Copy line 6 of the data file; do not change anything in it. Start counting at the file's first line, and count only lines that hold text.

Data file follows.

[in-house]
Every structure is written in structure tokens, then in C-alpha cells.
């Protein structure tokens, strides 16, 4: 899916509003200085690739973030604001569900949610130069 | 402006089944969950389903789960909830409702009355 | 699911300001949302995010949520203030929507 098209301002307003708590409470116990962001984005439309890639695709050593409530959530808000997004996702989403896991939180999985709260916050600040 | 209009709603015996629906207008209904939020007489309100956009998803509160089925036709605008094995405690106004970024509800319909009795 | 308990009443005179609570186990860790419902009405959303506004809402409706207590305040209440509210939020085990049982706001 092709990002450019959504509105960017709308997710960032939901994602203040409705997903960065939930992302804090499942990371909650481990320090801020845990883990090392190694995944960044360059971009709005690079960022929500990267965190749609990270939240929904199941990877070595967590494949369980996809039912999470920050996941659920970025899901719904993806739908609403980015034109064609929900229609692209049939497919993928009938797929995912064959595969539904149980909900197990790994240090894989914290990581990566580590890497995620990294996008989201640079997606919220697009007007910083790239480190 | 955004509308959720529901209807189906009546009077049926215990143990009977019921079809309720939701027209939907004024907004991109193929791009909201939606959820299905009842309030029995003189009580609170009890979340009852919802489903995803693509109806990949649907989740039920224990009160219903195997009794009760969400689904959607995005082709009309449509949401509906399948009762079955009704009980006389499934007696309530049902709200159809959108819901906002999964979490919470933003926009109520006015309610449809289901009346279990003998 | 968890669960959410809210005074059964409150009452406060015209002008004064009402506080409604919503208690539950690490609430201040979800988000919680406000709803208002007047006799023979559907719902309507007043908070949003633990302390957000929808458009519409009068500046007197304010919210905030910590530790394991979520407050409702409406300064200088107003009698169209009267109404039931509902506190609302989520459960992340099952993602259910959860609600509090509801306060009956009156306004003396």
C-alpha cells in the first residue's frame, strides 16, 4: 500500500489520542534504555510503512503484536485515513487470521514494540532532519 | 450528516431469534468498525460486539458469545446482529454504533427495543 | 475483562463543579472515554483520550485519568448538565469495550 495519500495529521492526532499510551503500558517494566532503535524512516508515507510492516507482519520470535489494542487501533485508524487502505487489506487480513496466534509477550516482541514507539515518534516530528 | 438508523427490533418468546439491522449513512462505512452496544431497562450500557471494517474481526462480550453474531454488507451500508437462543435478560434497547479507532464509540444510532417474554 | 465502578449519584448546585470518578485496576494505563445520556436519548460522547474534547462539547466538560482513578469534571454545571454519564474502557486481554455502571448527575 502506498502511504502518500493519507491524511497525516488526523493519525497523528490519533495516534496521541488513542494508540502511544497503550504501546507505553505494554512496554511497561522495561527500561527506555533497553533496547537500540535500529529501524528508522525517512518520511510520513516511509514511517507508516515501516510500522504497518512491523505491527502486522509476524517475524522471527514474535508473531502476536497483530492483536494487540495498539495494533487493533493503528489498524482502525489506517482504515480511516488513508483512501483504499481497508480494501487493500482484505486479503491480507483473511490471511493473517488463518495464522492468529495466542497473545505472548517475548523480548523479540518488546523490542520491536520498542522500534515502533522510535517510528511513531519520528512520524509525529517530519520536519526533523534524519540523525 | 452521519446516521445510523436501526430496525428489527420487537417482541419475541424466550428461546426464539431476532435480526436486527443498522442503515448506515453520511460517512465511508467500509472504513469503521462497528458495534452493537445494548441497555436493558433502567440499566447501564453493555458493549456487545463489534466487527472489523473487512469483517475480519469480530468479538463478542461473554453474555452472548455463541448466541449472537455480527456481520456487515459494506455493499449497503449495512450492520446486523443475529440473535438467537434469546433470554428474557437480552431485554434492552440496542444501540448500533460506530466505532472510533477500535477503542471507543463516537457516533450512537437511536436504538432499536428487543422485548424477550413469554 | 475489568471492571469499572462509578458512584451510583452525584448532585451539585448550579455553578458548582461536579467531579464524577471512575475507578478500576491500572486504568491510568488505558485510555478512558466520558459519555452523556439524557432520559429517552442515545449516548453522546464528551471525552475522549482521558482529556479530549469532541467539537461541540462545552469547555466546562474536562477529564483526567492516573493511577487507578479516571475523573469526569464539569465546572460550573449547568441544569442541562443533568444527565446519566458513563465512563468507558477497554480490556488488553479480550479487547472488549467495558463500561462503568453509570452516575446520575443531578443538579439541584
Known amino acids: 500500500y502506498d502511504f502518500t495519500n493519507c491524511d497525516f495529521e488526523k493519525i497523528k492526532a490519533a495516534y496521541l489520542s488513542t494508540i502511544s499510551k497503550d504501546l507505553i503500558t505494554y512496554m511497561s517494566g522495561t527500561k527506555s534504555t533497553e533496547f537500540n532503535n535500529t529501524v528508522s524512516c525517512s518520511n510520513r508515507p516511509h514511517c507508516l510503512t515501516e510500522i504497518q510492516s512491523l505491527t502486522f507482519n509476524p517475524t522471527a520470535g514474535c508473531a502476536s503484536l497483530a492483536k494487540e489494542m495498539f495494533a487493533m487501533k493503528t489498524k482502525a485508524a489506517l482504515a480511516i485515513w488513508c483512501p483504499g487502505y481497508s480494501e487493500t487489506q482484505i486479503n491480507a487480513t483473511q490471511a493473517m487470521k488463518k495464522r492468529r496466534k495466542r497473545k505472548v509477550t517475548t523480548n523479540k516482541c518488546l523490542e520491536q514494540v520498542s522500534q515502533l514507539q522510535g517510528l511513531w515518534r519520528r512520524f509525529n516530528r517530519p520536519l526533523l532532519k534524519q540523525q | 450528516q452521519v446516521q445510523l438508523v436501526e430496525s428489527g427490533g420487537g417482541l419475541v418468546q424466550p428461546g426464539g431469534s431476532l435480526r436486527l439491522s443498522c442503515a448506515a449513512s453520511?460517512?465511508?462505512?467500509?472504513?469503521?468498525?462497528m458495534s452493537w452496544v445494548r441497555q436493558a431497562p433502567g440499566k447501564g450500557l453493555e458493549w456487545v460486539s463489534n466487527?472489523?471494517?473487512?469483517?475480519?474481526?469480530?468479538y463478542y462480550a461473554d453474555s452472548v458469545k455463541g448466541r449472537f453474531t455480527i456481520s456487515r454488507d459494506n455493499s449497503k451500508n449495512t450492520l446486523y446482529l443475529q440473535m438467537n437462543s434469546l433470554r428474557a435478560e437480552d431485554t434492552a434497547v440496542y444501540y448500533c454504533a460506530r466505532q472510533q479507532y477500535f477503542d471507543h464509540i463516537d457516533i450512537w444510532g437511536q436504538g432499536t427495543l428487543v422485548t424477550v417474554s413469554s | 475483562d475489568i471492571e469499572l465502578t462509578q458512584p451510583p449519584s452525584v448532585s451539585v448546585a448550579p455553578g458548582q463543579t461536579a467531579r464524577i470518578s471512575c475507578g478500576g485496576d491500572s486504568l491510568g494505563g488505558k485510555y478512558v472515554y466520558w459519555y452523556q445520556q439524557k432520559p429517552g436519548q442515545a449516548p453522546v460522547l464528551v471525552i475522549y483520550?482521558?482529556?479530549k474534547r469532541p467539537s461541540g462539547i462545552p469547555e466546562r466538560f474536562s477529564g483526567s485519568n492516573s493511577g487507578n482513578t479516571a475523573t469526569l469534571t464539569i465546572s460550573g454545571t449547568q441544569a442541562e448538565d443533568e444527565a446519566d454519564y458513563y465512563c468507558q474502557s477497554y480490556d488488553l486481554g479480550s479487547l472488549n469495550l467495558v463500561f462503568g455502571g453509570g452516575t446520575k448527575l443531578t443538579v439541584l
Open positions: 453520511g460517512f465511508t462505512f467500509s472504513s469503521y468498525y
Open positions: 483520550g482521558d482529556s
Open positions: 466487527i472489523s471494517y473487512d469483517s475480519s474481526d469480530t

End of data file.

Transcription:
Open positions: 453520511g460517512f465511508t462505512f467500509s472504513s469503521y468498525y